A number of points have been raised but I am conscious of both my time limit and the House’s. I have referred to the fact that VHCCs represent a tiny number of total cases; fewer than 1% of the total Crown Court trials over the past year were VHCCs. I understand the points that the noble Lord, Lord Carlile, was making about the returning of cases, but we will just have to see how this works out. I do not want to bandy figures about.

I hope that the Bar itself thinks very carefully about how we navigate through these matters. I believe that when a very distinguished profession talks about going on strike, it crosses a Rubicon that is very difficult to re-cross.

As for the idea of funding legal aid from restrained assets, it may be that one or more parties might put that as a suggestion in their manifesto; maybe we will see that, although I remember the debates in this House about removing jury trial from High Court cases. We have had lots of suggestions but none with the immediacy with which we can address the issue.

I accept the point that was made about the present system being bureaucratic and the hourly rate-based system not being ideal. I cannot remember which noble Lord it was—was it the noble and learned Lord, Lord Woolf?—but one of them got very close to suggesting one case, one fee, which was one of the first things rejected by the Bar when we were having those negotiations that apparently have never taken place. The fact is that we have explored alternatives, and I have no doubt that ideas will continue to be floated.

I have said to my own party and I say to all three parties that, after what has been a very painful period, we should look at how we handle legal aid. As we have said so often, although to listen to some speeches you would not believe it, since 2010 to when this exercise is finished, which is some three or four years away, legal aid will have been cut from just over £2 billion to £1.5 billion. That leaves us with a legal aid expenditure about which I will not bandy words as to whether it is the most generous in the world, but it is an extremely generous allocation of money by the taxpayer. It is incumbent on all parties to see how we can look at that kind of sum and get a better and more efficient outcome from it. That requires a willingness to contemplate change and flexibility from all parts of the legal profession. I would hope that we can look at it in that way.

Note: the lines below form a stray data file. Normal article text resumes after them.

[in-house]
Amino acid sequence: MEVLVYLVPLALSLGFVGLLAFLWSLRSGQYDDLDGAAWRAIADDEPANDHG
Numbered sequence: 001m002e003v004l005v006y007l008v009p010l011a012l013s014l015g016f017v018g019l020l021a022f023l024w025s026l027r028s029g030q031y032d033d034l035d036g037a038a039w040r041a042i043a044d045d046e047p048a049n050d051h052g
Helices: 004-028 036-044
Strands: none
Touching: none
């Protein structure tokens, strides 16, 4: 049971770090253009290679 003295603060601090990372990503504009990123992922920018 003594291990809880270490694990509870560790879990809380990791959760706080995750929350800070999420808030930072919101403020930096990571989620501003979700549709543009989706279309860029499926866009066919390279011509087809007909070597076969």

I hear what my noble and leaned friend Lord Mayhew said about the sacrifices that the high-cost barristers make in losing other business and being out of the loop. However, even with a 30% reduction in fees, VHCCs will remain of high volume and long duration, with regular payments that bring certainty of income to providers. We believe that it will continue to attract lawyers once they come to see the points that are on offer.

There is no sign of a lack of young people entering the profession. We all wish the daughter of the noble Lord, Lord Alton, well in it; she certainly knows where to come for advice.

We are looking at the review under Sir Bill Jeffrey. We cannot accept all the existing contracts but we have, as my noble friend Lord Carlile knows, tried to widen that as far as possible. We had to bring in a cut-off point somewhere. Noble Lords will have heard in many other professions where they have had responsibility the suggestion, “Why don’t you put it off?”, or, “Why don’t you have a review or do it some other way?”. I wish that both the Treasury and the Government worked differently than they do. The noble Baroness, Lady Deech, has the idea that you can, as it were, go across the meadow picking flowers from here and there to finance things. The fact is that my department, as part of an overall spending review in response to a very real economic crisis, has had to take across the board cuts of 23% in 2010, a further 10% after a further review in 2012, and a further 1% in this review. We cannot go plundering other parts of Whitehall to make up the difference. We have to make hard, tough decisions about our expenditure at this moment, and try to make them in the fairest and broadest way that we can. Somebody asked whether we were also targeting other earners. The figures that I have, and I will confirm this, are that the cuts that we have consulted on were of about 7% on average. Of course we have targeted the higher earners.

Noble Lords made a number of points and I have tried to explain the context. We have had a very frank debate. I will close by saying to the noble and learned Baroness, Lady Scotland, that my right honourable friend the Lord Chancellor is well aware of his responsibilities and those of his office. I am sure that he will read the report of this debate in Hansard very carefully. I hope that in the mean time the noble Lord, Lord Carlile, will withdraw his Motion.